(CNN) - "Daily Show" host Jon Stewart returned to his set after a two-week vacation just in time to hammer Republican White House hopeful Mitt Romney over new questions about Romney's tenure at Bain and renewed calls for him to release more of his income tax returns.
Stewart struck upon a remark senior Romney adviser Ed Gillespie said Sunday on CNN's "State of the Union," when he told chief political correspondent Candy Crowley that Romney "retroactively retired" from Bain Capital while he was heading the 2002 Salt Lake City Olympics.
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"I'm not saying that if you have a time machine you necessarily have to kill Hitler. But this retroactive retirement is the worst use of a time machine I have ever seen," Stewart joked.
The host delved further into reports stating Romney was listed as Bain's CEO after 1999, when the company invested in companies that outsourced jobs overseas. Stewart mocked the confusing explanation Romney's team has offered, which is that the GOP candidate was merely listed as the firm's CEO but didn't have a decision-making role.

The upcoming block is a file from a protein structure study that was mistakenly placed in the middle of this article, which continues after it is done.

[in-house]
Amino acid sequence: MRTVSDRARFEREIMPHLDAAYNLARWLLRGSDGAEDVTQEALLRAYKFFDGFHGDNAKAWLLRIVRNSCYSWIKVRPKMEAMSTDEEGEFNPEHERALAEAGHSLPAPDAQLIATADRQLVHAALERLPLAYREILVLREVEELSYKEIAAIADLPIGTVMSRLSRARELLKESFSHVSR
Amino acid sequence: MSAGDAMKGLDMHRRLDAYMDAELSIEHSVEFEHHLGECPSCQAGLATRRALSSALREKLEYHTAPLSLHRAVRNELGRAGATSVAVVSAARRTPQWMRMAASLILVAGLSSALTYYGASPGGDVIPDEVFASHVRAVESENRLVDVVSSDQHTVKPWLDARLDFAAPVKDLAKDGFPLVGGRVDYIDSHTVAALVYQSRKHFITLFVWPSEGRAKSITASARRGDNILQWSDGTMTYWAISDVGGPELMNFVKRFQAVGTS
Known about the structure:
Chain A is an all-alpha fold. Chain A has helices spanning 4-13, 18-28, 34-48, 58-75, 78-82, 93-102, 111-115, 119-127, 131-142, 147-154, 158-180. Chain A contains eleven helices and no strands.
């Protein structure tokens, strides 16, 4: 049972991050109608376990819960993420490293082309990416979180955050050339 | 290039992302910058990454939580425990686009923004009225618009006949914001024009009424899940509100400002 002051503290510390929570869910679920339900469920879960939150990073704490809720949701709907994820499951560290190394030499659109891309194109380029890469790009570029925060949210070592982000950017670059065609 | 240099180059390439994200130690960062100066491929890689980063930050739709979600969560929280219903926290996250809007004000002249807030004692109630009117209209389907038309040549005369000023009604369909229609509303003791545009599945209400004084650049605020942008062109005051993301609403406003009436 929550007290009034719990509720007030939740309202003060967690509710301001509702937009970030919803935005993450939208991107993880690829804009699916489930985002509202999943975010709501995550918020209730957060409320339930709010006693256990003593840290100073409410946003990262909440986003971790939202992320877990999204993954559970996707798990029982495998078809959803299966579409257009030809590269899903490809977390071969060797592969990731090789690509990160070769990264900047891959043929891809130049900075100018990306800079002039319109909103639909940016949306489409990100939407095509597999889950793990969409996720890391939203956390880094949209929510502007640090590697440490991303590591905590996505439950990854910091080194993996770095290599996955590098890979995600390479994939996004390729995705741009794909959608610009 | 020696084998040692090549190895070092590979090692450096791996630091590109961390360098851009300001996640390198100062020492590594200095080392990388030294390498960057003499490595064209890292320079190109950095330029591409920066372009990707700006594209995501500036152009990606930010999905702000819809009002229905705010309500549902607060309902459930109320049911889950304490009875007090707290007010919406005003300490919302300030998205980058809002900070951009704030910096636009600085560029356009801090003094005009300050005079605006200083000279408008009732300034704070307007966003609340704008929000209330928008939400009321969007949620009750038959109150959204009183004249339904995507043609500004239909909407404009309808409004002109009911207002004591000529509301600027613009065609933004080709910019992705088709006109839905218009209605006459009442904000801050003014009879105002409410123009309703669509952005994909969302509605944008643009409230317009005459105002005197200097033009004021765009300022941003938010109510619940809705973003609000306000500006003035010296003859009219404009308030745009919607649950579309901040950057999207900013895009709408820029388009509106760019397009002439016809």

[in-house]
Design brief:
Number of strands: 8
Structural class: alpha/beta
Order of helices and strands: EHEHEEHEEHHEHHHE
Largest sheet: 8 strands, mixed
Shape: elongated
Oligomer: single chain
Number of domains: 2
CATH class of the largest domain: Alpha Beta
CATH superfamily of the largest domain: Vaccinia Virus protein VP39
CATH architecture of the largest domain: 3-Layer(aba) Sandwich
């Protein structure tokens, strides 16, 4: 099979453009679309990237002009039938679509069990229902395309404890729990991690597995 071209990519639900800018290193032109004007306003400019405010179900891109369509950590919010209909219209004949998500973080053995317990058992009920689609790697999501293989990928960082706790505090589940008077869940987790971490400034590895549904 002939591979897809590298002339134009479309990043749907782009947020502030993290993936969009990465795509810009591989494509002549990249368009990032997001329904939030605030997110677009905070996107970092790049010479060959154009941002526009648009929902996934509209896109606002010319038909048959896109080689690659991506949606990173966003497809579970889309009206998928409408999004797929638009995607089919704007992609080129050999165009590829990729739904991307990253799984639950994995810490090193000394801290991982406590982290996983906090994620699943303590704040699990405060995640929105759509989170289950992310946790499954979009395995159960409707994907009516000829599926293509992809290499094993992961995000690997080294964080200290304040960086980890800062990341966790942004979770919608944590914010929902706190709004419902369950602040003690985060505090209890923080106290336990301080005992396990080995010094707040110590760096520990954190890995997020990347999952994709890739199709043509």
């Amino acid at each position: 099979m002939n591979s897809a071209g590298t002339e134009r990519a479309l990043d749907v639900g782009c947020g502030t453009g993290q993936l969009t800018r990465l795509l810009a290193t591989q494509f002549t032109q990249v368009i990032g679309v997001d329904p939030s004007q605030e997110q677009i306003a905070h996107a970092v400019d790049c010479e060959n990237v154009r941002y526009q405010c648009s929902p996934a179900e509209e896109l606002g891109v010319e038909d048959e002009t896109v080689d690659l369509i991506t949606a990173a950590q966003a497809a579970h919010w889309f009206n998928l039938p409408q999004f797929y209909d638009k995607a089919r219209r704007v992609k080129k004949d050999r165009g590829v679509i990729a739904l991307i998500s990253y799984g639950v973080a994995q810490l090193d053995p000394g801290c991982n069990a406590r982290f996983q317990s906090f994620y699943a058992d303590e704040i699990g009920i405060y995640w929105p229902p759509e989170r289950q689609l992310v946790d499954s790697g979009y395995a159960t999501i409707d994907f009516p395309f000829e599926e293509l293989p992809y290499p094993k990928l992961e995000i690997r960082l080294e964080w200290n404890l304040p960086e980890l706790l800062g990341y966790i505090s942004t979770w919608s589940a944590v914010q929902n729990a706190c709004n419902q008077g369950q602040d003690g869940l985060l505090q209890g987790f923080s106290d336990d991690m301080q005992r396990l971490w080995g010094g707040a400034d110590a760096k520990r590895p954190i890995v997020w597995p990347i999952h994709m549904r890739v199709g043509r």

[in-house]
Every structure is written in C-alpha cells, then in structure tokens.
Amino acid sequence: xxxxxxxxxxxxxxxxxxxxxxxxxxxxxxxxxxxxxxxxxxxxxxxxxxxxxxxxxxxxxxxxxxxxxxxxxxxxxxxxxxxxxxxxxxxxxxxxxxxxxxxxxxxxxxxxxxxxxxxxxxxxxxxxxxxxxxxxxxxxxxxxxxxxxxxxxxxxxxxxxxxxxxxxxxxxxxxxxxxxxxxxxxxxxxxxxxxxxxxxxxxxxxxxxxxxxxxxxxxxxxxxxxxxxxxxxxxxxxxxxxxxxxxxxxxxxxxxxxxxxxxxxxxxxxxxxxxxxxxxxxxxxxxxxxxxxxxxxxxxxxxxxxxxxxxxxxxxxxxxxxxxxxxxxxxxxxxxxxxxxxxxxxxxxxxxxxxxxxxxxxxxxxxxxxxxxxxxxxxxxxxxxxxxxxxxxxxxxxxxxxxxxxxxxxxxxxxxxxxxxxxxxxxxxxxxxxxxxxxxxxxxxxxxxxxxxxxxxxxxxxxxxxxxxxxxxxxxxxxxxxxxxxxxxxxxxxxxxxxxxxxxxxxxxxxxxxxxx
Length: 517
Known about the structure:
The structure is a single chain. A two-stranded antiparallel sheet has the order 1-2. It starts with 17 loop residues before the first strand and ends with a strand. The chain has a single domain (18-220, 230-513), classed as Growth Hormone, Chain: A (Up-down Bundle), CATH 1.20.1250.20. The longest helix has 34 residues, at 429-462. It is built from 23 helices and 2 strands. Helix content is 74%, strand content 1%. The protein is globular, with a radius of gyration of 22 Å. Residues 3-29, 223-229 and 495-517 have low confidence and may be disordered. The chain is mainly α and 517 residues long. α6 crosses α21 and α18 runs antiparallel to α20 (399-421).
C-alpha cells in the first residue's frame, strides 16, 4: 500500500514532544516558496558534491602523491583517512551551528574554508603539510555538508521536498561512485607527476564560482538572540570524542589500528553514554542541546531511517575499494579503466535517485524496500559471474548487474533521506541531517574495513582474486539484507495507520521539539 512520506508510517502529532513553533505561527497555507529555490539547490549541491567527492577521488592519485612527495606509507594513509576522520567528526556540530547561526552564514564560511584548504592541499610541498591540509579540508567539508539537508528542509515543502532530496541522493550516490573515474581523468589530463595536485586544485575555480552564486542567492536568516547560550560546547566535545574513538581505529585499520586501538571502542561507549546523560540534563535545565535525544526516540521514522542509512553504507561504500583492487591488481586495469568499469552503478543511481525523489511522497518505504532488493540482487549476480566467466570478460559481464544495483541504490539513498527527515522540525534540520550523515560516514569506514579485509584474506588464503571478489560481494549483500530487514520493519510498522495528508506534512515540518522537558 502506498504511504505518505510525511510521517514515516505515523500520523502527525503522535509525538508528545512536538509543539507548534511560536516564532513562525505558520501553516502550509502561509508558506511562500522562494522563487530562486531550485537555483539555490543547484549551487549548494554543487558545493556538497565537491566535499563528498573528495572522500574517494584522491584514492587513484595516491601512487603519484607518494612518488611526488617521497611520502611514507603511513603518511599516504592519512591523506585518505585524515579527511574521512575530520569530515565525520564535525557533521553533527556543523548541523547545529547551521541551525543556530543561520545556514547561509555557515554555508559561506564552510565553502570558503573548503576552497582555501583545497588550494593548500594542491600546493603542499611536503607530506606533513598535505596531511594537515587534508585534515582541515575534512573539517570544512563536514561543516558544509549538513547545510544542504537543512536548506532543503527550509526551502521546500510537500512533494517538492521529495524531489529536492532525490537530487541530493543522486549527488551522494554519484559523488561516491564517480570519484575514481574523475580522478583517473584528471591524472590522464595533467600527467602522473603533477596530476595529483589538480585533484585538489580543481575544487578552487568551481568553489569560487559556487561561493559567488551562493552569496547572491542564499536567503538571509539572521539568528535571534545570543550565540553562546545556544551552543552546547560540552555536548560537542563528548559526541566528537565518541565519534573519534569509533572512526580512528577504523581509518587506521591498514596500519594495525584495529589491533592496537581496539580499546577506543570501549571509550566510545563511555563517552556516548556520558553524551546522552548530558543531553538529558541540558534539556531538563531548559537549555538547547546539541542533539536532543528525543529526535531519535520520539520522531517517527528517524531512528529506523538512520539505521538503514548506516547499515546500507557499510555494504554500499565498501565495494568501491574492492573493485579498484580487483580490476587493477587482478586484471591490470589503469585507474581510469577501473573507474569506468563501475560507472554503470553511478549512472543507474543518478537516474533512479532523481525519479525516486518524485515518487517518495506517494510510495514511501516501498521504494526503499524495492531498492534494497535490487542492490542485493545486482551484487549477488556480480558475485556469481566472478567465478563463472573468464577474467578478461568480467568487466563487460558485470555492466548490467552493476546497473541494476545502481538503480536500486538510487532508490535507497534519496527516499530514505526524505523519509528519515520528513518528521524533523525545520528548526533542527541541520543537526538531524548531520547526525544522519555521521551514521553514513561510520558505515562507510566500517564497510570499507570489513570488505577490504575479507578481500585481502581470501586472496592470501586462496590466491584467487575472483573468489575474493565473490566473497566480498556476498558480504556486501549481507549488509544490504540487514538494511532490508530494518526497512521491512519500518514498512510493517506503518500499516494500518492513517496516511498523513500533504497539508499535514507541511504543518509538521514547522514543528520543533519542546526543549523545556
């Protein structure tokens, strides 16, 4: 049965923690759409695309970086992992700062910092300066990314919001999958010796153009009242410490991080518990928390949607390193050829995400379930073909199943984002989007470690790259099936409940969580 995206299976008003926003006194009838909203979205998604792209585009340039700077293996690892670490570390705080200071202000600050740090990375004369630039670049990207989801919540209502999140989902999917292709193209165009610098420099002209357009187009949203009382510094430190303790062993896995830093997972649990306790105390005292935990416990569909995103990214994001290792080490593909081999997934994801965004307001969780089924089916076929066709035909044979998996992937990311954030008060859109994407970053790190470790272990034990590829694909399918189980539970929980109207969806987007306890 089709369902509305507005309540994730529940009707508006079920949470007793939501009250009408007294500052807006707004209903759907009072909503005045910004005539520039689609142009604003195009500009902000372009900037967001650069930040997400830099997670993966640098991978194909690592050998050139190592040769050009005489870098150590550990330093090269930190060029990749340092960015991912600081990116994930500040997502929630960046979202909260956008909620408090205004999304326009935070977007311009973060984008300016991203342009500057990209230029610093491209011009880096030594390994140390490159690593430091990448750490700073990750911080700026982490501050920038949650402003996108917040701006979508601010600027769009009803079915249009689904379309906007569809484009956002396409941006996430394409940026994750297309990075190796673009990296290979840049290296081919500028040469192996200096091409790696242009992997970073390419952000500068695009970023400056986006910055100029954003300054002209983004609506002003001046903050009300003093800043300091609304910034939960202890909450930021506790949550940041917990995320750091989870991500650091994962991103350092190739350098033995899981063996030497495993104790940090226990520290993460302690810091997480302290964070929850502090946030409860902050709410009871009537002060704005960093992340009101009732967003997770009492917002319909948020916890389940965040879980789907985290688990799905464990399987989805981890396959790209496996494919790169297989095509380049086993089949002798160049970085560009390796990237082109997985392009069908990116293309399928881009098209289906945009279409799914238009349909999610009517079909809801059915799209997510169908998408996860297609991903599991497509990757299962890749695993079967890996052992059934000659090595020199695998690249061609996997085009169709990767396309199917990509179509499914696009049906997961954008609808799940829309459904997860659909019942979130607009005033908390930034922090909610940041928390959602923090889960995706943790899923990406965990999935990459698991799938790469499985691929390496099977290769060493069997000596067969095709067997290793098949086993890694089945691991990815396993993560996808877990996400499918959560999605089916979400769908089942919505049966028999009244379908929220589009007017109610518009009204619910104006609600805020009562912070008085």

"'I was just the guy with the smoke-screenish yet still-legal title of CEO and managing director who was paid at least $100,000 a year to do what according to me, Mitt Romney, was nothing,'" Stewart said. "'That's the kind of common-sense business experience I hope to bring to the White House.'"
Stewart chided the candidate for telling reporters that he's not responsible for his investments because they're handled in a blind trust, saying, "So Mitt Romney is running on his business and finance acumen but is not responsible for the management of either his business or finances."
What would clear up confusion, Stewart said, would be "quick look at Romney's tax returns from the last 10 or 12 years."
Romney, of course, has said he will release only two years of tax return information, despite calls from Democrats and some Republicans to release more.
"Just the two years when you knew you were running for president," Stewart said. "Nobody gives a [bleep] about those two years. It would be like if the Keith Richards autobiography was called 'My Years as a Movie Pirate.'"
Stewart finished with an assessment of Romney's stance, saying the candidate doesn't understand that "nobody cares that Mitt Romney is rich."
Stewart continued, "It's Romney's inability to understand the institutional advantage that he gains from the government's tax code largesse, that's a little offensive to people, especially considering Romney's view on anyone else who looks to the government for things like, I don't know, food and medicine."
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